What did Prince William whisper to Kate? According to some lip readers, he told her that she looked beautiful—and then looked at his father-in-law-to-be and quipped, “We were supposed to have just a small family affair.”

Where did the bride and groom go in the middle of the ceremony? They went to the Shrine of Saint Edward the Confessor, a room inside the Abbey, to sign the wedding registers.

Why was Prince William wearing red? Prince William holds an honorary rank of Colonel of the Irish Guards, and he opted to wear an Irish Guard’s officer uniform instead of his Royal Air Force uniform. He also wore his Garter sash and star, Royal Air Force “wings,” and Golden Jubilee medal.

Was the bride’s dress inspired by Grace Kelly’s? It seems that way; in fact, Kate’s dress looks very much like the one worn by the American actress when she wed Prince Rainier III of Monaco in April 1956. Both Kate’s gown and that of Serene Highness the Princess of Monaco had long sleeves, a cinched waist, a figure-hugging bodice, short veils, medium-length trains, and lots of delicate lace.

What was in the bride’s bouquet? According to the official royal wedding website, the bouquet was a shield-shaped collection of Myrtle, Lily-of-the-Valley, Sweet William, Ivy, and Hyacinth. The Myrtle sprigs were from plants grown from the Myrtle used in the wedding bouquets of Queen Victoria in 1845 and Queen Elizabeth in 1947.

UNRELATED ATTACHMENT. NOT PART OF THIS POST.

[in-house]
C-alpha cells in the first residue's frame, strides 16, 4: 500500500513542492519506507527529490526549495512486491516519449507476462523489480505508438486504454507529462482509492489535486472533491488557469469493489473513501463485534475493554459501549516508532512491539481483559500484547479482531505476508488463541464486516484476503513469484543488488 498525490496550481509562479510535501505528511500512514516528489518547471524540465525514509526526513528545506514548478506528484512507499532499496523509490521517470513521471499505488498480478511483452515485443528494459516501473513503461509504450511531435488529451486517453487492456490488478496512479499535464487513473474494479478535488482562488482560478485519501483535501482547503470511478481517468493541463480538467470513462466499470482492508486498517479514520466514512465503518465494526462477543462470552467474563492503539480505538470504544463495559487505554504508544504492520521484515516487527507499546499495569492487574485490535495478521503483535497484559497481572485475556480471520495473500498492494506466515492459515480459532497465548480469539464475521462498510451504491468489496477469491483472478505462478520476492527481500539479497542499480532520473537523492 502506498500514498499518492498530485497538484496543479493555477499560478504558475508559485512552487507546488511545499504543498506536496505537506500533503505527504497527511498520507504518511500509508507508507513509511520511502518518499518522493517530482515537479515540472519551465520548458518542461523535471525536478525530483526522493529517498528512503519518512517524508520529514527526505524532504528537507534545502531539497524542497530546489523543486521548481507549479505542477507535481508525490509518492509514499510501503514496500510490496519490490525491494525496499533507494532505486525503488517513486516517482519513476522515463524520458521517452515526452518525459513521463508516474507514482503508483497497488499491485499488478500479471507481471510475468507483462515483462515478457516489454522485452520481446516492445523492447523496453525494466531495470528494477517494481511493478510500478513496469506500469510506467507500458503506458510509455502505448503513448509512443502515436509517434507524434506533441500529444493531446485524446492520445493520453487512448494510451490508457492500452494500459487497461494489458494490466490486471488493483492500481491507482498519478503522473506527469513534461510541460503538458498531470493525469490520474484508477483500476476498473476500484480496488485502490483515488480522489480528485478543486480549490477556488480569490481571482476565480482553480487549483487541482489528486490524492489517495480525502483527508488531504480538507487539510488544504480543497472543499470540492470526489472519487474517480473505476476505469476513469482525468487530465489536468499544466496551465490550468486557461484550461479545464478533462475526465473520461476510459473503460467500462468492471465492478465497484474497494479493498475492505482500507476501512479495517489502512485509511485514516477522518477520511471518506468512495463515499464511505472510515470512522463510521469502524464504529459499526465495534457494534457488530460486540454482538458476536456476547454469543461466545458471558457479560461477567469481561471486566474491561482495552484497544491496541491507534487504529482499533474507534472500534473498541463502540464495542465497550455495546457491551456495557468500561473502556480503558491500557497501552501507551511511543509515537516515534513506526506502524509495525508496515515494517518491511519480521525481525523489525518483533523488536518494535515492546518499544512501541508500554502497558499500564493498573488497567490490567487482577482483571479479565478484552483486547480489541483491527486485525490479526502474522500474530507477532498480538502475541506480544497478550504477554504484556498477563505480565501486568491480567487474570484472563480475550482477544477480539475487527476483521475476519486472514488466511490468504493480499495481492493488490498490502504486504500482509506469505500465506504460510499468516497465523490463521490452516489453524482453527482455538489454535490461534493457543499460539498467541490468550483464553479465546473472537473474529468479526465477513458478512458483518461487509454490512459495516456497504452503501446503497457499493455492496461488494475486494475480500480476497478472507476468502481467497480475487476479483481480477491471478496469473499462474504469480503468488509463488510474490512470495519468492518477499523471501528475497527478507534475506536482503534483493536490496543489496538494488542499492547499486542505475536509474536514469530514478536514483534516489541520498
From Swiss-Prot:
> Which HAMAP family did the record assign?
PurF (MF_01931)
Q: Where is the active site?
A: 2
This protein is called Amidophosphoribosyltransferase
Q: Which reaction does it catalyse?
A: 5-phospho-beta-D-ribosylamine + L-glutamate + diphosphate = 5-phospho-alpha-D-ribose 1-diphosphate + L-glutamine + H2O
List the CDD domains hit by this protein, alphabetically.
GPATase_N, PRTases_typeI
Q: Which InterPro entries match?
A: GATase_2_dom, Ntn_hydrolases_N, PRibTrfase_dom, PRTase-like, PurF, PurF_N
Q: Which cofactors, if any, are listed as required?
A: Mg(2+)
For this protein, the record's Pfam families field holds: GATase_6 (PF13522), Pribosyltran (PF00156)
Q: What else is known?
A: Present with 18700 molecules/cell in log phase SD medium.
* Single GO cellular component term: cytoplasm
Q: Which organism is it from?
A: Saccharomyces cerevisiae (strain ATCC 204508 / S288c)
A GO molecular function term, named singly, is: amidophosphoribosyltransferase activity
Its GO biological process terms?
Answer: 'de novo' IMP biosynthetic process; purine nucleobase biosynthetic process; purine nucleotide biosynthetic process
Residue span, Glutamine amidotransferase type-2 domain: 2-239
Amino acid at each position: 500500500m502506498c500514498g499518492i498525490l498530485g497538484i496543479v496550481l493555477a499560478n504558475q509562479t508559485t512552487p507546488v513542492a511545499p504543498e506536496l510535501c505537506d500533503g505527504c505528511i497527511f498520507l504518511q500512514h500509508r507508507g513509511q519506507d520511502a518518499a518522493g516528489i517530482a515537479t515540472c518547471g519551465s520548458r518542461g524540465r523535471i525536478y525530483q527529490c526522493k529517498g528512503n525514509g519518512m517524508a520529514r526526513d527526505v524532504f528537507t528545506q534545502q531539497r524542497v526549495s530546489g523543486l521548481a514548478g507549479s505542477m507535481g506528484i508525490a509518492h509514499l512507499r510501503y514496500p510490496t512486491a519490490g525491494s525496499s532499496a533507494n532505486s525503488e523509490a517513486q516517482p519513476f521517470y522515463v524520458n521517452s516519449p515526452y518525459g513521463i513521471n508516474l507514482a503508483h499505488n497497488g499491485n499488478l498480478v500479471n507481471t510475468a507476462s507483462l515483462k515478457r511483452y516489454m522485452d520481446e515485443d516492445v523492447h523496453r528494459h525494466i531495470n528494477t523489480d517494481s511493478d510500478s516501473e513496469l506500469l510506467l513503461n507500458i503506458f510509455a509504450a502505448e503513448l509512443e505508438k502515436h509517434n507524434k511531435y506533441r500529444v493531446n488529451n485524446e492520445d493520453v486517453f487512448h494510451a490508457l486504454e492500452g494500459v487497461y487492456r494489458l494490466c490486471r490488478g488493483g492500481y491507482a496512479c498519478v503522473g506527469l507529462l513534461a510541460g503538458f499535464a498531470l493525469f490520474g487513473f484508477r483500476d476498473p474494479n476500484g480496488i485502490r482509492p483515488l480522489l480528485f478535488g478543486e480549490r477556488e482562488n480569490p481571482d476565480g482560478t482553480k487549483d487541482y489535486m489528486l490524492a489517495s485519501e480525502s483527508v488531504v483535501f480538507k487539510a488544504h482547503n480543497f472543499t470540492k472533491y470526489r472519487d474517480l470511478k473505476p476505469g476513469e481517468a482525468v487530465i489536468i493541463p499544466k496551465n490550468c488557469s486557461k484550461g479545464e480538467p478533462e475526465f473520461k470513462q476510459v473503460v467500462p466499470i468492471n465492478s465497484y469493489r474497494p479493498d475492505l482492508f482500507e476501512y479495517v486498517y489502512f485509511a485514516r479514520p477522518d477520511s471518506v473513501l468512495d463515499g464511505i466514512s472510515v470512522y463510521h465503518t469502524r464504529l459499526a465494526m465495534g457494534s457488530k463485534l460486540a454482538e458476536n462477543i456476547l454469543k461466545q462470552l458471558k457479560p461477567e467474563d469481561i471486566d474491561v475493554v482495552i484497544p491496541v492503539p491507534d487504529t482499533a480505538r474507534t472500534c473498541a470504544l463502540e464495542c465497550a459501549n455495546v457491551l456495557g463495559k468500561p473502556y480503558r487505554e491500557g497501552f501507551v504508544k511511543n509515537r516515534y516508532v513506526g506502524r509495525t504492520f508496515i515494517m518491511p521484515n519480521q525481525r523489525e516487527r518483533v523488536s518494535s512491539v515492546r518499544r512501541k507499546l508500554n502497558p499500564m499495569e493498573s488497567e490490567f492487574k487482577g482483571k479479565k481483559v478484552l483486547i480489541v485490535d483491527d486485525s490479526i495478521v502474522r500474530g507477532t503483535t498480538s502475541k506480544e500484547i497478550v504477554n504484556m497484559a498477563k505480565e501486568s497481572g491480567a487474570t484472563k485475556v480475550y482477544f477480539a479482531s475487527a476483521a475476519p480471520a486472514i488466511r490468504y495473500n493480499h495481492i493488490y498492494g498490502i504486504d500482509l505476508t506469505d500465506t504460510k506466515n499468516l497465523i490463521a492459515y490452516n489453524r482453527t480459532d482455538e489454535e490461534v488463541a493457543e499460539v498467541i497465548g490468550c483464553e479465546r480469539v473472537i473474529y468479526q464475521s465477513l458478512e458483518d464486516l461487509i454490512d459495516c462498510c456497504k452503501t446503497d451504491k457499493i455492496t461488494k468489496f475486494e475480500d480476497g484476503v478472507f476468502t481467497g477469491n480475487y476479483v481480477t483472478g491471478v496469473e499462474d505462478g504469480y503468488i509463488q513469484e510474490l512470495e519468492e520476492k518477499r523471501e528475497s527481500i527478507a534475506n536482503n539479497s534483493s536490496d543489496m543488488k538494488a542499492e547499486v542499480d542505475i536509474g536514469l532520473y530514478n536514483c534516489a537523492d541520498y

Any hidden messages? Each bridesmaid had her name and the date of the wedding hand-embroidered into the lining of her dress. The bride and groom could not customize their vows, but they did write their own prayer, which was read by Richard Chartres, the Bishop of London, during the ceremony (download a copy of the program here). It was: “God our Father, we thank you for our families; for the love that we share and for the joy of our marriage. In the busyness of each day keep our eyes fixed on what is real and important in life and help us to be generous with our time and love and energy. Strengthened by our union help us to serve and comfort those who suffer. We ask this in the Spirit of Jesus Christ. Amen.” And of course, each of those flowers in the bride’s bouquet had a special meaning: Lily-of-the-Valley represents the return of happiness, Sweet William stands for gallantry, Hyacinth is for the constancy of love, Myrtle symbolizes marriage and love, and Ivy is for fidelity, marriage, wedded love, friendship, and affection.